May is Mental Health Awareness Month: How Do You Show Your Support?
Alright people, time for a true confession: I am a counselor both at a school and in an outpatient clinic. I run a middle school girls' empowerment camp, teach yoga and mindfulness, and write posts for a blog about mental health concerns. I preach about healthy brains and I own the bumper sticker that says "Live Your Life Out Loud!". With all of this, I am embarrassed to share that I, Liza Hahn, have a hard time sharing my personal experiences with my mental health. Now just hold on if you’re about ready to yell, "Hypocrite!"
We all know that there is a fine line between airing your own dirty laundry and helping others to hang their own on the outside drying line...
With May being mental health awareness month, it was time to own my stuff.
Yes, I talk to my family and friends about my anxiety and depression. This allows them to understand when I say "I need to take a break" or "It is winter and I am feeling down because my SAD (seasonal affective disorder) is in overdrive." In fact, if I met you at a conference or yoga class and we started chatting, I would probably talk with you about it, too (only if you asked, I try really hard not to overshare).
I have found that talking about your mental health is similar, in ways, to when you get a new car. Let's say you get a Jeep Wrangler and all of a sudden you start to notice everyone else in the world has a Jeep Wrangler, too! When I share my experiences around my anxiety, I have people confide that they have anxiety, or depression, or (insert any other mental health diagnosis). All of a sudden we are in the same canoe and it feels really nice to know you are not alone. But I also notice that just like prairie dogs who will stick their heads out of their holes when they feel safe, when one small threat to this safety (in this case we will use shame, fear, embarrassment, etc.) the furry creatures have disappeared, and once again, I feel alone. It is only in these moments that I have said to myself, "Woman, if you don't start speaking up, even in those scary times, the fear will continue to win."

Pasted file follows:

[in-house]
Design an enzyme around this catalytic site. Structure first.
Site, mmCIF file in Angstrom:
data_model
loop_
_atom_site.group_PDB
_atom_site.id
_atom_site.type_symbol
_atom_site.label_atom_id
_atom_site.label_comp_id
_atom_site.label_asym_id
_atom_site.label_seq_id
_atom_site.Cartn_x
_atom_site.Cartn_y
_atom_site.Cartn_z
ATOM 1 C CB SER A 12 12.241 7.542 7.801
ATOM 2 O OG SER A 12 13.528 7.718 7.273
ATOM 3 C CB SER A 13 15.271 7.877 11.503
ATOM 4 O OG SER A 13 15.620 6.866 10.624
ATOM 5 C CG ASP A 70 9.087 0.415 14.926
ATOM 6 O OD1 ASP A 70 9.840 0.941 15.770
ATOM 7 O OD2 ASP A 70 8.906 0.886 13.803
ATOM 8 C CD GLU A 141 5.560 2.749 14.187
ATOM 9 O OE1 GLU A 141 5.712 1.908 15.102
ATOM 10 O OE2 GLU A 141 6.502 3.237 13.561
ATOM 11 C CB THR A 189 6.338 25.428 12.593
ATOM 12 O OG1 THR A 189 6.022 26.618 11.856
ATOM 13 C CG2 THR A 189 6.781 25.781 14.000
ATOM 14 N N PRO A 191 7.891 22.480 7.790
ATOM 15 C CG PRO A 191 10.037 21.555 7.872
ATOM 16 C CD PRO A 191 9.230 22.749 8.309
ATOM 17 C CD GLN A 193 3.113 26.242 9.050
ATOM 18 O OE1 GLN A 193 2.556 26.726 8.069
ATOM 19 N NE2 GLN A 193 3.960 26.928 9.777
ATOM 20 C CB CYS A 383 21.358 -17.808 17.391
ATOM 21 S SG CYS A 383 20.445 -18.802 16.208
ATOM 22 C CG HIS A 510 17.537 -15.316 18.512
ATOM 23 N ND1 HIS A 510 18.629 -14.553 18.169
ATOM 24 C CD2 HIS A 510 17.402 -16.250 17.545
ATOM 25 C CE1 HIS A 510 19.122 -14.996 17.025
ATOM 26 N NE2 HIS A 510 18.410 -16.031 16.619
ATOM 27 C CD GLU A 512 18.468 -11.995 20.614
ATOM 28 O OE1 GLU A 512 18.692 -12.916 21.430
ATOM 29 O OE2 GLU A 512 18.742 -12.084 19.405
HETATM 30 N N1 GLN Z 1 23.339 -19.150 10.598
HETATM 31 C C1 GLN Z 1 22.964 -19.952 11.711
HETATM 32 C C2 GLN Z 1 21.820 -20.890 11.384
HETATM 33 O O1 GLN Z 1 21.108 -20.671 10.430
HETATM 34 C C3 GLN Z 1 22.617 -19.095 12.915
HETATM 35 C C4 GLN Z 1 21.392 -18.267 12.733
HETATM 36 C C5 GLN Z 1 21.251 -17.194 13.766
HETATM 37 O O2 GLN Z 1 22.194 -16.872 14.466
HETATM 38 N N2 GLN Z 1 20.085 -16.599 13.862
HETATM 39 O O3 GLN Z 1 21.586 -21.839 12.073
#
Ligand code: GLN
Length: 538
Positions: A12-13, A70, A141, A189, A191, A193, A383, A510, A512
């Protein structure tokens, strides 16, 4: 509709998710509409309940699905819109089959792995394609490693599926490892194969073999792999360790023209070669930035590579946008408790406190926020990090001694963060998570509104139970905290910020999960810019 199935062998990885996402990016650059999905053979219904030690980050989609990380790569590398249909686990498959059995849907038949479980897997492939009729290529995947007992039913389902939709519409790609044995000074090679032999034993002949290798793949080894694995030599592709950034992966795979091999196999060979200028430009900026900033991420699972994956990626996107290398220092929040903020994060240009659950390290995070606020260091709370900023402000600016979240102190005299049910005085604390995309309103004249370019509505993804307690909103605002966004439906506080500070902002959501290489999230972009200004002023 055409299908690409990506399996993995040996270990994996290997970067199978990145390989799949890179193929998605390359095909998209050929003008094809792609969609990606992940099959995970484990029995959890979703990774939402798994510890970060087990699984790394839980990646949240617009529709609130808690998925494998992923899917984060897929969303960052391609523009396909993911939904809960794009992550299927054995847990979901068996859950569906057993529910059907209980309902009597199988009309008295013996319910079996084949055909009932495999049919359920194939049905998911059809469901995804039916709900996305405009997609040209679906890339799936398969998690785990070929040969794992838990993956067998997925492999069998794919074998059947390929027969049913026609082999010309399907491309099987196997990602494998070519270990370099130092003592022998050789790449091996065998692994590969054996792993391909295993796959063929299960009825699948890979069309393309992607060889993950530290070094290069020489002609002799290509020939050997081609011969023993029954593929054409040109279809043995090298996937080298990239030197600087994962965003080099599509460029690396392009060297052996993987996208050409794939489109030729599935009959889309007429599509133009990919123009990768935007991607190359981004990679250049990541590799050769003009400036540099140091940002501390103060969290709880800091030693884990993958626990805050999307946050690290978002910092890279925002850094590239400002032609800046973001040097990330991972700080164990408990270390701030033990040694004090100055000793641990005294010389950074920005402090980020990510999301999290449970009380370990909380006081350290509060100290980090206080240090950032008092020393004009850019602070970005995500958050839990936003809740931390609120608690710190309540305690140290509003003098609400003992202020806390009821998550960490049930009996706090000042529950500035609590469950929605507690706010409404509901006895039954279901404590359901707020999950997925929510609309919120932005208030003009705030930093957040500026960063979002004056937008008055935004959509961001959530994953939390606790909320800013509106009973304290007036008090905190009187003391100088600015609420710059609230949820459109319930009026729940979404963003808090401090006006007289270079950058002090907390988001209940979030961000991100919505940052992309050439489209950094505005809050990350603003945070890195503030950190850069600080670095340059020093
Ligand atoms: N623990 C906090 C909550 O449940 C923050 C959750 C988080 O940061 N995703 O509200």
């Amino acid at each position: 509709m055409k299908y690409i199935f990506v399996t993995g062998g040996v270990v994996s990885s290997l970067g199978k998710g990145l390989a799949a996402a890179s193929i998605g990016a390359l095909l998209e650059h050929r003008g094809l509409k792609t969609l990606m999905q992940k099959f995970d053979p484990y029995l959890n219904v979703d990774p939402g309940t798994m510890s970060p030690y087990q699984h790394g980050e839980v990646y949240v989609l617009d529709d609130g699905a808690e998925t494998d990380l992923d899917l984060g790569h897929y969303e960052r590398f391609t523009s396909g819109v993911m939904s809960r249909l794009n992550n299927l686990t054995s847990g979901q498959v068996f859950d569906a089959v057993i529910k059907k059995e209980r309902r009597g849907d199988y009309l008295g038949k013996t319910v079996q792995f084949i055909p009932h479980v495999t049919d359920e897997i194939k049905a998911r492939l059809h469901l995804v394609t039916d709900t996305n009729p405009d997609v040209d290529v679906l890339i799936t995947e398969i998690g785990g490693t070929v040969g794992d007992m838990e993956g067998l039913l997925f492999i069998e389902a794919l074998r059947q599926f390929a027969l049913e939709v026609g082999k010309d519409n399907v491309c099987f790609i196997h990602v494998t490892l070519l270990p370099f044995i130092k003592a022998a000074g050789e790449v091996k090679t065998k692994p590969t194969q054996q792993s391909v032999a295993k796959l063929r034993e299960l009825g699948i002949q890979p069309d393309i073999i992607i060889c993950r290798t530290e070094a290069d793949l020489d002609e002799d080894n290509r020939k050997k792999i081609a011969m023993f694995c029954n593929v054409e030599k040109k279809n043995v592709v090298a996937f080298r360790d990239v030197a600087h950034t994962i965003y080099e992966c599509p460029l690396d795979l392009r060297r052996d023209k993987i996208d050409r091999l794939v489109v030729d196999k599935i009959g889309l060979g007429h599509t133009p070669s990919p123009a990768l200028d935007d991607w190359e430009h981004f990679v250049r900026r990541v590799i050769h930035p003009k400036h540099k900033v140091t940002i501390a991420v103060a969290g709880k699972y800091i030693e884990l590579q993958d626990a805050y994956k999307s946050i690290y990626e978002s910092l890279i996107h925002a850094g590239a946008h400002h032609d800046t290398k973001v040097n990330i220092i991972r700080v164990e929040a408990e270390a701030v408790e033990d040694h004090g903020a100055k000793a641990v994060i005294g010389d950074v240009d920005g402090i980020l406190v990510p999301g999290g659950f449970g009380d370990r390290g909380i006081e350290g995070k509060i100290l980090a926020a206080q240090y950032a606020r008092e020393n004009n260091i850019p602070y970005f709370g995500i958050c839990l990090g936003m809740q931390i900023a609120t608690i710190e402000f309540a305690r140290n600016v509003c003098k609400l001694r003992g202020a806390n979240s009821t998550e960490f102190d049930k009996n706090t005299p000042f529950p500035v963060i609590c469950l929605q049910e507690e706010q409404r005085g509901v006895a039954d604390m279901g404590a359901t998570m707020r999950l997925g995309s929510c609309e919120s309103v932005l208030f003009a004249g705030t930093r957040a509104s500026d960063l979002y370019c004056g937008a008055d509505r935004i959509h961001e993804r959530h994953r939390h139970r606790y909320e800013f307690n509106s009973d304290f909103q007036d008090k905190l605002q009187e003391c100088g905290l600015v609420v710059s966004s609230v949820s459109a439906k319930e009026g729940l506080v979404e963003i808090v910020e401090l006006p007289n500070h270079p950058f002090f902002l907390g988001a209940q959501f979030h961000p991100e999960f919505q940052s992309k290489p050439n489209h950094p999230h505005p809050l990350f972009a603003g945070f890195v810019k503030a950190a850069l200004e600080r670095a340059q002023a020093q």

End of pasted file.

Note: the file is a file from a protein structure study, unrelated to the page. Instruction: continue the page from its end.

And that, my friends, means we continue to fight for mental health awareness, treatment, and understanding as a fractured force. Let's become a united front.
The first piece of that is increasing awareness of just how real mental health is and the effect it can have when we do (and don't) pay attention to our needs. Here are just a few statistics from NAMI (National Alliance on Mental Illness):
1 in 5 (46.6 million) adults in the United States experience a mental health condition in a given year.
1 in 25 (11.2 million) adults in the United States experience a serious mental illness in a given year.
Approximately 46.6 million adults in the United States face the reality of managing a mental illness every day.
Half of all lifetime mental health conditions begin by age 14 and 75% by age 24, but early intervention programs can help.
Up to 90% of those who die by suicide have an underlying mental illness as revealed by psychological autopsy. 46% of those who die by suicide have a diagnosed mental illness.
Suicide is the 10th leading cause of death in the United States. With effective care, suicidal thoughts are treatable, and suicide is preventable.
Individuals with mental health conditions face an average 11-year delay between experiencing symptoms and starting treatment.
Common barriers to treatment include the cost of mental health care and insurance, prejudice and discrimination, and structural barriers like transportation.
Even though most people can experience relief from symptoms and support for their recovery in treatment, less than half of the adults in the United States get the help they need.
Some of these stats may surprise you, some maybe not. The important thing is to keep talking about mental health and normalizing the need to take care of ourselves. Here are some other great sources if you want more information pertaining to mental health:
If you are interested in scheduling an appointment with Liza, you can reach her via email: firstname.lastname@example.org
or call our intake line: 608-709-6972
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[This article does not create a client-counselor relationship. This article is general counseling information and is not to be considered legal or medical advice. Please consult with your mental health professional before you rely on this information.]